- 3/4 cup (about 4 large eggs) (190 grams without shell), at room temperature
- 2/3 cup all-purpose flour
- 1/4 teaspoon sea salt
For the Filling
- 1/3 cup smooth peanut butter
- 1/3 cup seedless raspberry or strawberry jam
For the Glaze
- 1 cup white chocolate chips
- 1 cup semi-sweet chocolate chips
- 8 cups powdered sugar, divided
- 1/2 cup light corn syrup, divided
- 1/2 cup hot water, divided
- 2 teaspoon vanilla extract, divided
- pink food coloring
For the Decorative Royal Icing
- 1 large egg white, at room temperature
- 1 teaspoon freshly squeezed lemon juice
- 1 1/2 cups powdered sugar, sifted
- pinch of salt
- Preheat your oven to 375 degrees F. Butter or spray a 17 1/2 x 12 1/2 x 1 inch (44 x 32 x 2.5 cm) baking pan and line the bottom of the pan with parchment paper. Butter or spray the top of the parchment paper as well. Set aside.
- Place the almond paste in a stand mixer, fitted with the paddle attachment, and beat until broken up. Add the sugar and beat until thoroughly combined. The mixture will be crumbly.
- Gradually add the butter, in 5 or 6 pieces, and continue to beat until light and fluffy (2-3 minutes). Stop the mixer and scrape down the sides of the bowl as necessary to thoroughly combine.
- Beat in the vanilla extract and almond extract (if using). Scrape down the sides of your bowl as needed. Add the eggs, one at a time, beating for 1 minute between each addition until well combined.
- Lastly, beat in the flour and salt. Use a spatula to finish incorporating the batter.
- Evenly spread the batter into your pan and bake for about 15-18 minutes or until lightly browned, springy to the touch, and a toothpick inserted into the center of the cake comes out clean.
- Remove from oven and allow to cool in the pan for 15 minutes. Run a knife or spatula along the sides of the pan and then gently slide the cake, along with the parchment paper, onto a cutting board. Allow to cool completely.
- Use a ruler to measure and divide the cake into three equal pieces.
- Take the first layer and flip it top side down onto a clean baking sheet that has been lined with parchment paper.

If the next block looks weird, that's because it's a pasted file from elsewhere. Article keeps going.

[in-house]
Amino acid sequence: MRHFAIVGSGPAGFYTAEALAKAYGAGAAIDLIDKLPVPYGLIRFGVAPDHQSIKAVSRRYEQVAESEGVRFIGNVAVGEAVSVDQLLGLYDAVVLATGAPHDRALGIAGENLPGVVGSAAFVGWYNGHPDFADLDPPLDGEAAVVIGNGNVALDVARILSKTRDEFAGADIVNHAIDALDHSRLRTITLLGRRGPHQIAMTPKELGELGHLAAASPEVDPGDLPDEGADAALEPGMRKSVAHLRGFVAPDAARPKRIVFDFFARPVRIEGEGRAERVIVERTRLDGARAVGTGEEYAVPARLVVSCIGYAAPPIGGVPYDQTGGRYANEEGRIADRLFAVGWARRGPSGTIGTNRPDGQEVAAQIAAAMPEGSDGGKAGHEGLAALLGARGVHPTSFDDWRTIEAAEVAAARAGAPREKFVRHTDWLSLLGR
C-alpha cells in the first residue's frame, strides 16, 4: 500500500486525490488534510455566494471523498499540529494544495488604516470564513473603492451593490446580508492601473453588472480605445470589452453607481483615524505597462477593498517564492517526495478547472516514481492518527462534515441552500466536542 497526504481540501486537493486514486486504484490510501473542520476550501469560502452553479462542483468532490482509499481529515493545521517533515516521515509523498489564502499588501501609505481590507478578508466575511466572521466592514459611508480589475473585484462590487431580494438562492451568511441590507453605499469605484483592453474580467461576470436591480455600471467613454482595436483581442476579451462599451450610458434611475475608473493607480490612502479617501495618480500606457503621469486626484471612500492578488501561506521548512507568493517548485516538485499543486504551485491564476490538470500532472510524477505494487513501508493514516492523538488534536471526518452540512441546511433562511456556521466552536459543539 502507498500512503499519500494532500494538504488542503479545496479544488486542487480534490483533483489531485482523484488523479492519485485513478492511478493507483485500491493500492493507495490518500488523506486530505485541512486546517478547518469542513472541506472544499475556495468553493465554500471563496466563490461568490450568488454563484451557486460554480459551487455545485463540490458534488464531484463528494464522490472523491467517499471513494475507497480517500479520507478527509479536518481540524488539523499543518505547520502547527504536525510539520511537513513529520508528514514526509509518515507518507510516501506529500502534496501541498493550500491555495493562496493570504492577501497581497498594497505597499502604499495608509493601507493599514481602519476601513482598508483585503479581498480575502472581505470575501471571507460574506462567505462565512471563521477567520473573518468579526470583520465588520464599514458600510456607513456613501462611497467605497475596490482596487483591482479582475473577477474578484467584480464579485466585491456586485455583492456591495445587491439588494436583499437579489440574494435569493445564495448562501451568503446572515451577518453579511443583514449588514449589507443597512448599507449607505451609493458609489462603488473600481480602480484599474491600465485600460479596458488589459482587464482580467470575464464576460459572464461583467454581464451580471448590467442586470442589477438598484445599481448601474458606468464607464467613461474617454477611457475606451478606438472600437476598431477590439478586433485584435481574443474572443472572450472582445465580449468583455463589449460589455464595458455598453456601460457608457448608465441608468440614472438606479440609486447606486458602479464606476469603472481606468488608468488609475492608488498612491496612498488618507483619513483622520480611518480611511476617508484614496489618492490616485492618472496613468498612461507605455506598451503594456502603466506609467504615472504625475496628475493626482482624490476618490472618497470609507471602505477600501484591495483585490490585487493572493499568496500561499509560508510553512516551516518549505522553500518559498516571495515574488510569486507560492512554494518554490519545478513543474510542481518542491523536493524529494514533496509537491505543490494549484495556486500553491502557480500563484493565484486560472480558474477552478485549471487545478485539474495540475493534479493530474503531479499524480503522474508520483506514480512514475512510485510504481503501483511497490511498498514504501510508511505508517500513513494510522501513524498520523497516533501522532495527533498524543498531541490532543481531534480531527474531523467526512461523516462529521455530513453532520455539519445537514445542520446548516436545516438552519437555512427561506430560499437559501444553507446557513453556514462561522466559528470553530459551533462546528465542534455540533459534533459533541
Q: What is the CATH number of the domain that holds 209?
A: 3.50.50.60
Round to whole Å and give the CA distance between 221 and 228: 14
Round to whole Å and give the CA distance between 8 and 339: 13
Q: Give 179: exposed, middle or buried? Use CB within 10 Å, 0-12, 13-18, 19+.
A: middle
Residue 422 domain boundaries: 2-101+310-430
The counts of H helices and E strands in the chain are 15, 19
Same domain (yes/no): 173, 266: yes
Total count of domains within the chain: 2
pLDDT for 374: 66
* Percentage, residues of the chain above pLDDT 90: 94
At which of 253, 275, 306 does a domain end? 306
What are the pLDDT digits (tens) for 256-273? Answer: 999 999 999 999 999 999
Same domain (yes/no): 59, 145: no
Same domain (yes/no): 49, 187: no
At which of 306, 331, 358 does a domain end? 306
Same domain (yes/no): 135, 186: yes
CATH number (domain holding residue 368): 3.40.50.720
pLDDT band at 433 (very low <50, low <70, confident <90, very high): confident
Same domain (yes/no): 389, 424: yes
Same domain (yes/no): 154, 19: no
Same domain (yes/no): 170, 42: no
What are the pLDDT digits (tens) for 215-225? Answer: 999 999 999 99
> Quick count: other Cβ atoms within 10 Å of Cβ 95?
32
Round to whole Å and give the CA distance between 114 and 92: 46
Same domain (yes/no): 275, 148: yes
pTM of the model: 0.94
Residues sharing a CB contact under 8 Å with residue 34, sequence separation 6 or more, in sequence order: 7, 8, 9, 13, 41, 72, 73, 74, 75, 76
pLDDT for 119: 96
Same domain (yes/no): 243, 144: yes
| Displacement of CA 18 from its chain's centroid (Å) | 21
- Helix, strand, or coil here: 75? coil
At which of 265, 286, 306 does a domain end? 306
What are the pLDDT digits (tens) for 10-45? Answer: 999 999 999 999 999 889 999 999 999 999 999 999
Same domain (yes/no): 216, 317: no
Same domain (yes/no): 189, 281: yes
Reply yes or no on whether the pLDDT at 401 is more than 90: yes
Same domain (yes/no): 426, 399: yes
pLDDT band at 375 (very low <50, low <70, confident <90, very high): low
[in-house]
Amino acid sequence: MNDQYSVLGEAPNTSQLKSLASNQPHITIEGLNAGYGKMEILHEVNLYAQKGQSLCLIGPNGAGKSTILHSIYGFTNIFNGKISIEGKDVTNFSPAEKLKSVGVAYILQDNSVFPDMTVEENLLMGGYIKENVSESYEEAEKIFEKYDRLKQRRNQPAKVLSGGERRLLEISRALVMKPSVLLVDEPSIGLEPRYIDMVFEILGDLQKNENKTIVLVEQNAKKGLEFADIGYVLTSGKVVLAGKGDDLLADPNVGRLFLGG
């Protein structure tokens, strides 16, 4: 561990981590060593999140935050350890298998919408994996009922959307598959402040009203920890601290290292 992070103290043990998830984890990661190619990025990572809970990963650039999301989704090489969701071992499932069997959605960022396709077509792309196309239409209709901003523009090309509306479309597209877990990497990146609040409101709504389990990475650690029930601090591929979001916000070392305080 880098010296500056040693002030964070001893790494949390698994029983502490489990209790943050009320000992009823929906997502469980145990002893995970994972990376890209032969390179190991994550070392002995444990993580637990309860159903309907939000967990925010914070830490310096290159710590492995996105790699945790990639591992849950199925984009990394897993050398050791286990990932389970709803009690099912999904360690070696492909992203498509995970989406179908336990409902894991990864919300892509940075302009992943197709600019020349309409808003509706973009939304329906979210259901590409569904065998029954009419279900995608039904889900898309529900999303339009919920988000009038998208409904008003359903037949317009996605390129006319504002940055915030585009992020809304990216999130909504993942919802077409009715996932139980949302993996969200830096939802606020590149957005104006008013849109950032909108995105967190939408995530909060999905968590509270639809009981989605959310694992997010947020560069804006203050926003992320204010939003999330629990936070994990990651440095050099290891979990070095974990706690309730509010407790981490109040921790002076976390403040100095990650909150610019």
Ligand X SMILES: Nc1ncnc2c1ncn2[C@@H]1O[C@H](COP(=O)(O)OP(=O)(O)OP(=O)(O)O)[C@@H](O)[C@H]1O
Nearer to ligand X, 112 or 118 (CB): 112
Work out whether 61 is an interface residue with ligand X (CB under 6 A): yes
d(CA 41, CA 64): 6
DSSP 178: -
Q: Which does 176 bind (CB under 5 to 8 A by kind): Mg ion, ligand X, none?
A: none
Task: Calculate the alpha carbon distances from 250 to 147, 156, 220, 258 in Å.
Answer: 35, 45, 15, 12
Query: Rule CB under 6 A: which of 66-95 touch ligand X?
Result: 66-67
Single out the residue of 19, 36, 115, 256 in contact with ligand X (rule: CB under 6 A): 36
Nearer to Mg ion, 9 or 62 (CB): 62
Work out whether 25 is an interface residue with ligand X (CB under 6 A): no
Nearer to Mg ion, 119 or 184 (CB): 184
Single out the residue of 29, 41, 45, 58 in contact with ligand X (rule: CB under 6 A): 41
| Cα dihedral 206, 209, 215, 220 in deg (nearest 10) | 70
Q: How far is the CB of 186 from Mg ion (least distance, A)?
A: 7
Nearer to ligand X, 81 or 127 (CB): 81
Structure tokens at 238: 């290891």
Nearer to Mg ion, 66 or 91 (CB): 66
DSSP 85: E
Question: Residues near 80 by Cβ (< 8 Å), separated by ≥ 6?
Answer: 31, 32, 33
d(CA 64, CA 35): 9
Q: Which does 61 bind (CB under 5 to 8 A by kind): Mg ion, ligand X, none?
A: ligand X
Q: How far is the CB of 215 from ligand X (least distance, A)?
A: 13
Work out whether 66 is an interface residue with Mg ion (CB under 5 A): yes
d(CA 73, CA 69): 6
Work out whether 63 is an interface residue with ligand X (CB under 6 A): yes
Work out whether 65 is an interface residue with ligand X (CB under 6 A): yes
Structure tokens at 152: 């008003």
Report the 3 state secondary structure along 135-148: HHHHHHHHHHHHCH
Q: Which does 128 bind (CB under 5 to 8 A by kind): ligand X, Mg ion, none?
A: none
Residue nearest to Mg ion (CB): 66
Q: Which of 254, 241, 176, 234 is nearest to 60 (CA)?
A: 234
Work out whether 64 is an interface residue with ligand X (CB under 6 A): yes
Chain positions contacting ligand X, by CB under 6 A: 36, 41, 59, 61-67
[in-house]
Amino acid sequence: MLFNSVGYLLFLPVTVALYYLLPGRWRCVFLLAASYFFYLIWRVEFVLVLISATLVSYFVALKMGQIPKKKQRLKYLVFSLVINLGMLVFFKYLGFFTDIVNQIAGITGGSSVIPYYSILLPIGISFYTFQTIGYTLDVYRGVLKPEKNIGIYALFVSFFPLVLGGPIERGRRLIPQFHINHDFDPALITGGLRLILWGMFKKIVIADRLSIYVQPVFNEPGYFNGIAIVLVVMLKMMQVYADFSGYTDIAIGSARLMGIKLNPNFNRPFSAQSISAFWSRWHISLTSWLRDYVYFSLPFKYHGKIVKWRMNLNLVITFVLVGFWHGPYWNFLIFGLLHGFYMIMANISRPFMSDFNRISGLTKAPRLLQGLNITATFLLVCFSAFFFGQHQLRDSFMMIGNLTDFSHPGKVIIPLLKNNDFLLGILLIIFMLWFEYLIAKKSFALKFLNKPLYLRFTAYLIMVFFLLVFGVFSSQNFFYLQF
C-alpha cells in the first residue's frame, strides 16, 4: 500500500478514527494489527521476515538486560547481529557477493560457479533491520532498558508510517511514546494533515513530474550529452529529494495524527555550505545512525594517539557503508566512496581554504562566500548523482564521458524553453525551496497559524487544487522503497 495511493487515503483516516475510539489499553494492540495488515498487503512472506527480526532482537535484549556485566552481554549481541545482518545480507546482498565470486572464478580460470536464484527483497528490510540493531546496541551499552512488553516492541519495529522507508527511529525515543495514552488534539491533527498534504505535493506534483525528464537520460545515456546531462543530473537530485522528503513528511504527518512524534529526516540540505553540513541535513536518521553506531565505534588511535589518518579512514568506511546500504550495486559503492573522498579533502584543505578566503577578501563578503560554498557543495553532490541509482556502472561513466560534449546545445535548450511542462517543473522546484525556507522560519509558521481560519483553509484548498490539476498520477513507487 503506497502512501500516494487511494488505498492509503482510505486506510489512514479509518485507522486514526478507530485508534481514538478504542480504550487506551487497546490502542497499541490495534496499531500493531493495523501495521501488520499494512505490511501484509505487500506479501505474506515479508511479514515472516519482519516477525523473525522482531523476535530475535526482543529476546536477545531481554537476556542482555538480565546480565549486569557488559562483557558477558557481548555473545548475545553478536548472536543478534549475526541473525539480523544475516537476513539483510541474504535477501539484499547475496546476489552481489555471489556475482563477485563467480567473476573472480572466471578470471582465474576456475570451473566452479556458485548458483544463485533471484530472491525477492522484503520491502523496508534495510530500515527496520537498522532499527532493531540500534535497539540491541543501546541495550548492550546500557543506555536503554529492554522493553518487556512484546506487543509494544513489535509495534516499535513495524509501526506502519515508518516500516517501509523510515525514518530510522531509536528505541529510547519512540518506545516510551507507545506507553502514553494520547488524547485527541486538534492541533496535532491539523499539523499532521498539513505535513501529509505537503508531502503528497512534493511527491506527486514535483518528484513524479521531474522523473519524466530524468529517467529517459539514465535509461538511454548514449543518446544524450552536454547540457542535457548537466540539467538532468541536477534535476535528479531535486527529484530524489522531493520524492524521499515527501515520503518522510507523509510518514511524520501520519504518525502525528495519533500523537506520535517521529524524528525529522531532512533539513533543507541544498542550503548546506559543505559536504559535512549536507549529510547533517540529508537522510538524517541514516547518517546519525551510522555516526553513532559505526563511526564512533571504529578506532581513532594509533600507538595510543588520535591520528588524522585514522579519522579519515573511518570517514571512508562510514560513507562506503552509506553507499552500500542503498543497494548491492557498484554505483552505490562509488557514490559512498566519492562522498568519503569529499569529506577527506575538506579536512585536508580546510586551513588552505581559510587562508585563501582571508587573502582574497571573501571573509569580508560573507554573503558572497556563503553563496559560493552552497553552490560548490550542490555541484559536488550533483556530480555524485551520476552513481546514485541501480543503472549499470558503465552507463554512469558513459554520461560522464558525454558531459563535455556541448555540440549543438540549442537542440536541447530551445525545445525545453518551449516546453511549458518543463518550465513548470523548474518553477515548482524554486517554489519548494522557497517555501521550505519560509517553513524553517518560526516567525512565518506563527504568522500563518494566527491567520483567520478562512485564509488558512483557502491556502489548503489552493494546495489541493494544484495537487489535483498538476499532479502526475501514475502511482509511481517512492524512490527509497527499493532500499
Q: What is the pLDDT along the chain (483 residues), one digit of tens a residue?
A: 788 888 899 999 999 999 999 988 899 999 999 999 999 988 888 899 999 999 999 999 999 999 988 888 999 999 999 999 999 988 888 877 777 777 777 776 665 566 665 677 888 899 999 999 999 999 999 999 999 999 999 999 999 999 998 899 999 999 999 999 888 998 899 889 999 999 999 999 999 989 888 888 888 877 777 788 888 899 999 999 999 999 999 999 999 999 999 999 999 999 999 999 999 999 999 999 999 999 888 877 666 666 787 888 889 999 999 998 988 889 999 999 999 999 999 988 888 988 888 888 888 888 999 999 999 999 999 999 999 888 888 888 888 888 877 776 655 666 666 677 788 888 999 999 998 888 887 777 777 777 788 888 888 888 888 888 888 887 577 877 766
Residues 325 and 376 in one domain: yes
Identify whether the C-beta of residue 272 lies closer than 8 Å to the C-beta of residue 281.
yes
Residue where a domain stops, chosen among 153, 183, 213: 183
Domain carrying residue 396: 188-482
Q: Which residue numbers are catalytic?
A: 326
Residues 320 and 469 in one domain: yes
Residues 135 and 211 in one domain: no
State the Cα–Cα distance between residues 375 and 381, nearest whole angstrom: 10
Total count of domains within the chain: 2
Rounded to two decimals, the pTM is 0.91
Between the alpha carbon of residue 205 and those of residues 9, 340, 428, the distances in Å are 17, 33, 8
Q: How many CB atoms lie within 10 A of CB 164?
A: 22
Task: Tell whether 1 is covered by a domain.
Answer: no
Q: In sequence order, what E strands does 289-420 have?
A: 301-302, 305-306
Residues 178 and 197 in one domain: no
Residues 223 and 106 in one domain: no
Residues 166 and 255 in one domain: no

- Peel off the parchment paper and spread the peanut butter evenly over the top of the cake. Take a second layer of cake and turn it upside down on top of the peanut butter, lining up evenly. Peel off the parchment paper and spread the raspberry or strawberry preserves evenly on the top of the cake. Finally take the last layer of cake and turn it upside down on top of the preserves. Cover the whole cake with plastic wrap loosely and then place a baking pan and large can of something (tomatoes or something) on top of the pan as a weight. This will compact the cake layers. Place in the refrigerator to chill for 3 hours, or overnight.
- Once the cake is firm, remove from refrigerator, and use a serrated knife to evenly trim the edges of the cake.
- Again use a ruler to measure out even rectangles and then squares and slice as evenly as possible.
- Place the mini cakes on a baking rack placed over a rimmed baking sheet that;s been lined with parchment paper. Next, make the glaze.
- We’re making two batches of glaze: one white chocolate glaze tinted pink, and one semi-sweet chocolate glaze. In a saucepan set over medium heat, bring a few inches of water to a boil. Place a heatproof bowl over the simmering water – add and melt the white chocolate, stirring until smooth.
- Sift in 4 cups of powdered sugar and 1/4 cupcorn syrup and 1/4 cup hot water, stirring until smooth. Add 1 teaspoon vanilla and a small amount of pink food coloring and stir in.
- Do the same for the semi sweet chocolate batch of glaze in a separate bowl.
- If the mixture is too thick to pour, reheat it briefly over the double boiler, and stir in 1 to 3 tablespoons additional water. The mixture is easiest to work with, and pours smoothly, at about 100°F.
- Generously pour one glaze at a time over half of the cakes, one at a time. The corners are the hardest to cover to concentrate your efforts. You can scoop the unused glaze from the parchment paper back into the bowl, reheat it oner the double boiler, and continue to glaze each cake.
- Change out the parchment paper and do the same with the chocolate glaze, generously pouring warmed chocolate glaze over the remaining half of the cakes, one at a time. Recycle the glaze as you need.
- To make the royal icing, place the egg whites and lemon juice in the bowl of a stand mixerand whisk until frothy. Add the sifted powdered sugar and mix until smooth. Add a pinch of salt. If needed, add a few drops of water until you get the correct piping consistency. Spoon into a piping bag fitted with a narrow round tip. Decorate the tops of the cakes with dots and stripes.
- Store the Petit Fours in a covered container in the refrigerator for about 7-10 days. They can also be frozen for about a month. (If freezing, do not decorate with the royal icing.) To defrost, place in the refrigerator for several hours or overnight.